• old albion profile imageAUTHOR

      Graham Lee 

      6 years ago from Lancashire. England.

      Yes, it's incredible what these birds did during those times and in previous wars. I'm glad you have now decided to feed the Pigeons. Best Wishes.

      Graham.

    • always exploring profile image

      Ruby Jean Richert 

      6 years ago from Southern Illinois

      This story is amazing. I have a renewed respect for pigeons. I am a bird feeder, everyday pigeons pick up the dropped seed from the feeder. I will now place seed on the ground for them. Thank you for sharing this story.

    • old albion profile imageAUTHOR

      Graham Lee 

      6 years ago from Lancashire. England.

      Hi UH. Thanks for your visit. Cher Ami might well have been shot on being released, as I am sure you know all sides would automatically shoot at pigeons. All sides also employed Peregrine Falcons to down the pigeons, to the Falcons the pigeons were a natural prey.

      Thanks for the vote.

      Graham.

    • old albion profile imageAUTHOR

      Graham Lee 

      6 years ago from Lancashire. England.

      Hello GoodLady. Thank you for your visit. Yes heroes all and as I mentioned, so many of them unsung, just like the men who fell in that terrible war. Thank you for the vote.

      Graham.

    • old albion profile imageAUTHOR

      Graham Lee 

      6 years ago from Lancashire. England.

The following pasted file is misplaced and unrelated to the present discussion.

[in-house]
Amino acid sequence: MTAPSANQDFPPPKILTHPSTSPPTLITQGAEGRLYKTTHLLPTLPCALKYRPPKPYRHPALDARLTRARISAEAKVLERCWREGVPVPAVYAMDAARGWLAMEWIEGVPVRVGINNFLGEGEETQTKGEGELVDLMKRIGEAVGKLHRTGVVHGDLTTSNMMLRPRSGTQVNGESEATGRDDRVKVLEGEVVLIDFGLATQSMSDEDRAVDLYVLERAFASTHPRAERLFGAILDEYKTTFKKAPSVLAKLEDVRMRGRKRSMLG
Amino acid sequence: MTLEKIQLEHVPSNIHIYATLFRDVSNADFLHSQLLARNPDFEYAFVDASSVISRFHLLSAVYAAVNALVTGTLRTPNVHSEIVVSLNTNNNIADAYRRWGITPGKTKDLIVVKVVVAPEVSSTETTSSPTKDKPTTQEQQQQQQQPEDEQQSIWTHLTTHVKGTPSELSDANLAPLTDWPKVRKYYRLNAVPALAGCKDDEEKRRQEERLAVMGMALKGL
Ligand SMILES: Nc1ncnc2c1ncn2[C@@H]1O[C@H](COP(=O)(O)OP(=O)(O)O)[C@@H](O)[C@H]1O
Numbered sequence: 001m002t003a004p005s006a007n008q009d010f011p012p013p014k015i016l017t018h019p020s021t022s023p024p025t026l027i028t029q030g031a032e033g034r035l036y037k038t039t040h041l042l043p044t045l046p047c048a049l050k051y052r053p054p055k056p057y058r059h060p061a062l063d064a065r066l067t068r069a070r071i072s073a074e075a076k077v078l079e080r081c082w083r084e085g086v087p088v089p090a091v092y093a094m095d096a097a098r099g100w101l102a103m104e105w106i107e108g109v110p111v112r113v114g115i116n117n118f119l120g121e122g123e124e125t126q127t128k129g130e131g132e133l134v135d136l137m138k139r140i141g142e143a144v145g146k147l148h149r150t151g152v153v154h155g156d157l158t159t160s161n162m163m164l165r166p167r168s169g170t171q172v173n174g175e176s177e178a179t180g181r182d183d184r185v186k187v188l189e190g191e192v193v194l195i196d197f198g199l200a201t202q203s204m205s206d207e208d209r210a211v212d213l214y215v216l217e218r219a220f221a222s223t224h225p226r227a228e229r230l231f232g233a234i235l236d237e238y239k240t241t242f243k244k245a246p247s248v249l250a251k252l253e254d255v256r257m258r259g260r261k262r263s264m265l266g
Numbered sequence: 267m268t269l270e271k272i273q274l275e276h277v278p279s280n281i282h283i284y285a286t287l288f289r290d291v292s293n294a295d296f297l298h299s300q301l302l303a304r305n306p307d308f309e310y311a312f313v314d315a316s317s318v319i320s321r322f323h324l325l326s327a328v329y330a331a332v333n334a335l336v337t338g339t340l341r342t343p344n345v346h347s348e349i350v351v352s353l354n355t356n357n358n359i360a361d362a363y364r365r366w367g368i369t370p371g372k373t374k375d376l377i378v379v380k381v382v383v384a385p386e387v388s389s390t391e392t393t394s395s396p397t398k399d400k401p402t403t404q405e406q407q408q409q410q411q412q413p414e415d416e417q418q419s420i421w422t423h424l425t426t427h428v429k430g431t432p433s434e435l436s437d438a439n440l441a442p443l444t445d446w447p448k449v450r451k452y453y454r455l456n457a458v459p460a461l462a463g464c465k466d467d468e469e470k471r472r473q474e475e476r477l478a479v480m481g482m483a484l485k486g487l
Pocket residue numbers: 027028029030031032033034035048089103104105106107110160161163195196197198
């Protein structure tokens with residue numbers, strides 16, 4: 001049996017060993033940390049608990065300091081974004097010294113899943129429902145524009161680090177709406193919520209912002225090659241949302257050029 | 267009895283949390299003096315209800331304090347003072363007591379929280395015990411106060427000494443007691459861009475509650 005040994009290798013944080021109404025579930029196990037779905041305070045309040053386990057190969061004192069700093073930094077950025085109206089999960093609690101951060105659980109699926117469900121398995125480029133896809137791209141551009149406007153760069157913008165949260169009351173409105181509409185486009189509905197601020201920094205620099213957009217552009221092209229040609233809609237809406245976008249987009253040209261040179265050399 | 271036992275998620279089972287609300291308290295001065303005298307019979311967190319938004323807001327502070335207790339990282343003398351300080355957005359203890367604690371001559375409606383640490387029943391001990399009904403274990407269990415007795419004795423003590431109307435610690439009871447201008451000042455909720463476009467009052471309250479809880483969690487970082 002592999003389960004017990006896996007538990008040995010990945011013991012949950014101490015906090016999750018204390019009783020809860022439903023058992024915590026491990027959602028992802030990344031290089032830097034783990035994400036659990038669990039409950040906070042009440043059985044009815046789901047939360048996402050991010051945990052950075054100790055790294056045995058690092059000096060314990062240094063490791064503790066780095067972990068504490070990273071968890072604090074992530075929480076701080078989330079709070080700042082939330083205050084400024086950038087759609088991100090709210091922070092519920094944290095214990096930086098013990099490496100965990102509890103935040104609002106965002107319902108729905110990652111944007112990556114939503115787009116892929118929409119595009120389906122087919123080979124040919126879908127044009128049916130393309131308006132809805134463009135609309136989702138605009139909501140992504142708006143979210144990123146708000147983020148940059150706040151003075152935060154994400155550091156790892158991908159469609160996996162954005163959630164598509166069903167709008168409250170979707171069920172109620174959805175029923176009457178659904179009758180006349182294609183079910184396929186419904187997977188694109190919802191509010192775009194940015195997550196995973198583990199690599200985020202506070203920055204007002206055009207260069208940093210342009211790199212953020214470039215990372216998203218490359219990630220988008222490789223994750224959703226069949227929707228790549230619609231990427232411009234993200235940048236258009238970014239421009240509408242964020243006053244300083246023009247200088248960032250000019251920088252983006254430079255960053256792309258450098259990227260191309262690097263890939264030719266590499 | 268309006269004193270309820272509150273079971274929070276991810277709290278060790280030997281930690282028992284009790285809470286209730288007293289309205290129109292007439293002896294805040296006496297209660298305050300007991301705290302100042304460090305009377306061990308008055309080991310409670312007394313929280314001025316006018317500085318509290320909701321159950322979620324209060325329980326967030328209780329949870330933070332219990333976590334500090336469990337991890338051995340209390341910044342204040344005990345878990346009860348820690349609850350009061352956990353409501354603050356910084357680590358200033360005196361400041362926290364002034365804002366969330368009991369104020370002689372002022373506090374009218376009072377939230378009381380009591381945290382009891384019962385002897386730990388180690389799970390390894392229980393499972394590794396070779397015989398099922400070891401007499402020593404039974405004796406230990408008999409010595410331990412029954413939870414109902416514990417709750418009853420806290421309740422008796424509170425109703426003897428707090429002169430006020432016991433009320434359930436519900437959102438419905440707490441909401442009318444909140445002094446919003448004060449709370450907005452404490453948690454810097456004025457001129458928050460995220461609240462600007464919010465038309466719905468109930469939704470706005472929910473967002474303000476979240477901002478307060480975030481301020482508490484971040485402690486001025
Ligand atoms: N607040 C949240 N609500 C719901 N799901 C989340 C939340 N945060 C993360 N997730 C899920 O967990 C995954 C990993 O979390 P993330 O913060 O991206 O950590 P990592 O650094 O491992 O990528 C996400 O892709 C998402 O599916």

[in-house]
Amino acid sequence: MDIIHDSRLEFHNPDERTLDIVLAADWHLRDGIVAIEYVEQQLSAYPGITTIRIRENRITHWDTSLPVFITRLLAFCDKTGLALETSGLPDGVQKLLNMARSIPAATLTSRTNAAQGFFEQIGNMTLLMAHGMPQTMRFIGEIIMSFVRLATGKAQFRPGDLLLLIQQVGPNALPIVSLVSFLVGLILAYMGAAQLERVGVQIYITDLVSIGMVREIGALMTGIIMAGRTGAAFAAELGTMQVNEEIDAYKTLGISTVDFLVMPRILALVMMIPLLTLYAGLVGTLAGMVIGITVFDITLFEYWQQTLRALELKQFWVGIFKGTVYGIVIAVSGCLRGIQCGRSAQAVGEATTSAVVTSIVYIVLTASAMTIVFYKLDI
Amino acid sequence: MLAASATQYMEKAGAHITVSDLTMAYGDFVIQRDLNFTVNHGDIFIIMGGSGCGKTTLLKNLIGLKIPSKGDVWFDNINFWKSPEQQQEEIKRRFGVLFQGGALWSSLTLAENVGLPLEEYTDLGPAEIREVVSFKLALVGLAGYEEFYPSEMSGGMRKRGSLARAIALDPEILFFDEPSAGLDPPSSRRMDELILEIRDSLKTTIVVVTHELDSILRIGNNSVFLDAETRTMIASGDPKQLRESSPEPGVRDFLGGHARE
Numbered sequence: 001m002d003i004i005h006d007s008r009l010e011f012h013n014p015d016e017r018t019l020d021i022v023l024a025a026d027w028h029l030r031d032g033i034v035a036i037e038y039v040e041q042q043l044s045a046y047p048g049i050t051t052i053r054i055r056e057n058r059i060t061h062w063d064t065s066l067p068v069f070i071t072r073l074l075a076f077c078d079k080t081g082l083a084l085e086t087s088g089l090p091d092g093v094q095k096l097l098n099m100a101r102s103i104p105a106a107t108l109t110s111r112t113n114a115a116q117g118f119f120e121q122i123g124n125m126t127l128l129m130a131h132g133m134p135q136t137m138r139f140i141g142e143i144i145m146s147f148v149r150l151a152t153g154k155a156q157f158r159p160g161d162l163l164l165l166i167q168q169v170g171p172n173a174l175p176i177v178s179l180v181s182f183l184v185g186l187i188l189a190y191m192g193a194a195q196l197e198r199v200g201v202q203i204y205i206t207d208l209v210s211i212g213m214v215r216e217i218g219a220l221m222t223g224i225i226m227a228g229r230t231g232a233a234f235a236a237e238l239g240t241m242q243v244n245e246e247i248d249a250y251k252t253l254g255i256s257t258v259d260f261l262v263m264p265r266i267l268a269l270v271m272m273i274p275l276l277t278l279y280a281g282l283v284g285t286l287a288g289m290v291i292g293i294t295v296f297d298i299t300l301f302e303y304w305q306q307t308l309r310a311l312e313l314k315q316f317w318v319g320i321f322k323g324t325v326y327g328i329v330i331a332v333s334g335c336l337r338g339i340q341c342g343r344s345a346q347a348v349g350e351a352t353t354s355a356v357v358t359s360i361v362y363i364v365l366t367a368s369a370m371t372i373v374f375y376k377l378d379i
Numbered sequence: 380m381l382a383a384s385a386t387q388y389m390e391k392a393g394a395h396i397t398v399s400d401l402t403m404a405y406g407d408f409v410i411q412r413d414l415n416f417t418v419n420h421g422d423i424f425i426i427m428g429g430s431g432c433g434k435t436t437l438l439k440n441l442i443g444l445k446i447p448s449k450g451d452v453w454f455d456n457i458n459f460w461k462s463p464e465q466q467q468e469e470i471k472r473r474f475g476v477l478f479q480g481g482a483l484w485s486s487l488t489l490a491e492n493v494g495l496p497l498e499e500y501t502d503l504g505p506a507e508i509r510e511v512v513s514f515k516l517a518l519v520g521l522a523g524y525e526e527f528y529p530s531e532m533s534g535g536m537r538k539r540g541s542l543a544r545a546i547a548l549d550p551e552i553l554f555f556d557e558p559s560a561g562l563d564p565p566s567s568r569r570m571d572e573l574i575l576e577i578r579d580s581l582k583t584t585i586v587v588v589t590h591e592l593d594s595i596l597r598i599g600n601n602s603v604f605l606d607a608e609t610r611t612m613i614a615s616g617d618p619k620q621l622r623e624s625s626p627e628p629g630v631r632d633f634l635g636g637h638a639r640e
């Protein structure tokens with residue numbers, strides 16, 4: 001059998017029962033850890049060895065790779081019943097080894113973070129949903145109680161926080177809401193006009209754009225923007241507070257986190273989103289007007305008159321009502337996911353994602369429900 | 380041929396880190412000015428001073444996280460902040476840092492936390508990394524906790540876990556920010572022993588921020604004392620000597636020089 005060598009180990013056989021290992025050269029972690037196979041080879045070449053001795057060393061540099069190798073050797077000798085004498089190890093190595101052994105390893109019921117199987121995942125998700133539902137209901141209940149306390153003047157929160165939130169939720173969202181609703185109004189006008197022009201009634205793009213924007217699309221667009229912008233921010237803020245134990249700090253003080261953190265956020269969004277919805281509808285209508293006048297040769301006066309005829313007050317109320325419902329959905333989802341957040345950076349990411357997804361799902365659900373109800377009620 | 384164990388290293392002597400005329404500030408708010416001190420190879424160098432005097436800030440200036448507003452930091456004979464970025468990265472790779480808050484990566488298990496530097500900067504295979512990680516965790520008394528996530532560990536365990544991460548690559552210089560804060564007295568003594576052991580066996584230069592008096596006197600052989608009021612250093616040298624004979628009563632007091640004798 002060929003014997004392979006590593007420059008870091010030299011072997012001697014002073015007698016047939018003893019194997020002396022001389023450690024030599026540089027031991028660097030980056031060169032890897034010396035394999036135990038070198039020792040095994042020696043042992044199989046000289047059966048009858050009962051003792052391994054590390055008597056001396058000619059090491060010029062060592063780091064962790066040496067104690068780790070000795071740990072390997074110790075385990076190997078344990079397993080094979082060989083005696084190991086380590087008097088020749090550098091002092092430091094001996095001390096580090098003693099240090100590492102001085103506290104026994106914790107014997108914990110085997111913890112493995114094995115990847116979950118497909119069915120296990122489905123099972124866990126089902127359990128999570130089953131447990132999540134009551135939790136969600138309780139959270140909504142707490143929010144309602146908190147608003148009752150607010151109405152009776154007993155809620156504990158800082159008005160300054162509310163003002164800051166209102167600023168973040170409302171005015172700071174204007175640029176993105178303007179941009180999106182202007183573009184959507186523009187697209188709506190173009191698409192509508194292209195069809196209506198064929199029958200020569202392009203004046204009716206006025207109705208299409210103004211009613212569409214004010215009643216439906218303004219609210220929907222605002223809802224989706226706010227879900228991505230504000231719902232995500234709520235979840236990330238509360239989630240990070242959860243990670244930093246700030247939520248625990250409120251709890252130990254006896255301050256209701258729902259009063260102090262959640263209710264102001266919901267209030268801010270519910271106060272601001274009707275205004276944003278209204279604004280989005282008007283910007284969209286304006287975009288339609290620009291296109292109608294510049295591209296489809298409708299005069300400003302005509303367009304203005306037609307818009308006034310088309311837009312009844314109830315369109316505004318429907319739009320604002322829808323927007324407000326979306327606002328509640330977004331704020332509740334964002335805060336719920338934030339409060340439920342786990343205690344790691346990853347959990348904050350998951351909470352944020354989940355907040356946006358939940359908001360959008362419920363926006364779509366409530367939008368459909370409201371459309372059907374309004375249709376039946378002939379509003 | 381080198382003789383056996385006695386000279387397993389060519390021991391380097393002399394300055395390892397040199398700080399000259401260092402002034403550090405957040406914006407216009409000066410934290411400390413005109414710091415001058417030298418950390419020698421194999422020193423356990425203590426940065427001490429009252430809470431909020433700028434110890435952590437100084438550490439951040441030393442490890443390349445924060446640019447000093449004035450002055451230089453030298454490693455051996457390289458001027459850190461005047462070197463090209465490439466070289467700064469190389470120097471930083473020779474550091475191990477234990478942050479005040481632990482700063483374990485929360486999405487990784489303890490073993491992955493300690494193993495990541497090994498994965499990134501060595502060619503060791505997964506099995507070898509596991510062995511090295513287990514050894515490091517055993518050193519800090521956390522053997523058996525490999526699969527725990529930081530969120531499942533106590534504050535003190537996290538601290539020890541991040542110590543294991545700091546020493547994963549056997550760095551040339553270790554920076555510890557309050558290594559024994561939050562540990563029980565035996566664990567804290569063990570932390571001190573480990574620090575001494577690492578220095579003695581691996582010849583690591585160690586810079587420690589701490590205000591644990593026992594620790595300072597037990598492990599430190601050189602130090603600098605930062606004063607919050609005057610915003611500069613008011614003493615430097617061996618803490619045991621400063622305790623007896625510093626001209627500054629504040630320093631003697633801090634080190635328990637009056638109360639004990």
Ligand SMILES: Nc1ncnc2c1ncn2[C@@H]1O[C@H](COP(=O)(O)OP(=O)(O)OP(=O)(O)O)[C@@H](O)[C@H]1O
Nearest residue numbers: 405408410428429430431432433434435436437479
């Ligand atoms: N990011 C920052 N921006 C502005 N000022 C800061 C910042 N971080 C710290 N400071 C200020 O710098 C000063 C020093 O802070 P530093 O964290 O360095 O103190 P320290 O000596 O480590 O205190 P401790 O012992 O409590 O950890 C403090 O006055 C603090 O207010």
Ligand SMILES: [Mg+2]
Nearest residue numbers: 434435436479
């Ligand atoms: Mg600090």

Hi TT. Thanks for your visit. Yes, they have proved their worth in the past.

      Graham.

    • UnnamedHarald profile image

      David Hunt 

      6 years ago from Cedar Rapids, Iowa

      Great hub! I wonder what all those animals make of the battlefield-- it must be hell for them as much as it is for us. I think Cher Ami was shot out of the air in sight of the lost battalion, but he/she managed to flutter up and away. Also, I believe all tanks had pigeon holes for sending messages. Voted up, etc.

    • GoodLady profile image

      Penelope Hart 

      6 years ago from Rome, Italy

      How very interesting. What blessed heroes. I love your Hub and the memory of Winkie and Cher Ami. Thank you. Voting up.

    • TToombs08 profile image

      Terrye Toombs 

      6 years ago from Somewhere between Heaven and Hell without a road map.

      I will no longer look at pigeons as just d@mn birds that cr@p on my truck now. Great story of the bravery of the mighty little war birds. VUM. :)

    • old albion profile imageAUTHOR

      Graham Lee 

      6 years ago from Lancashire. England.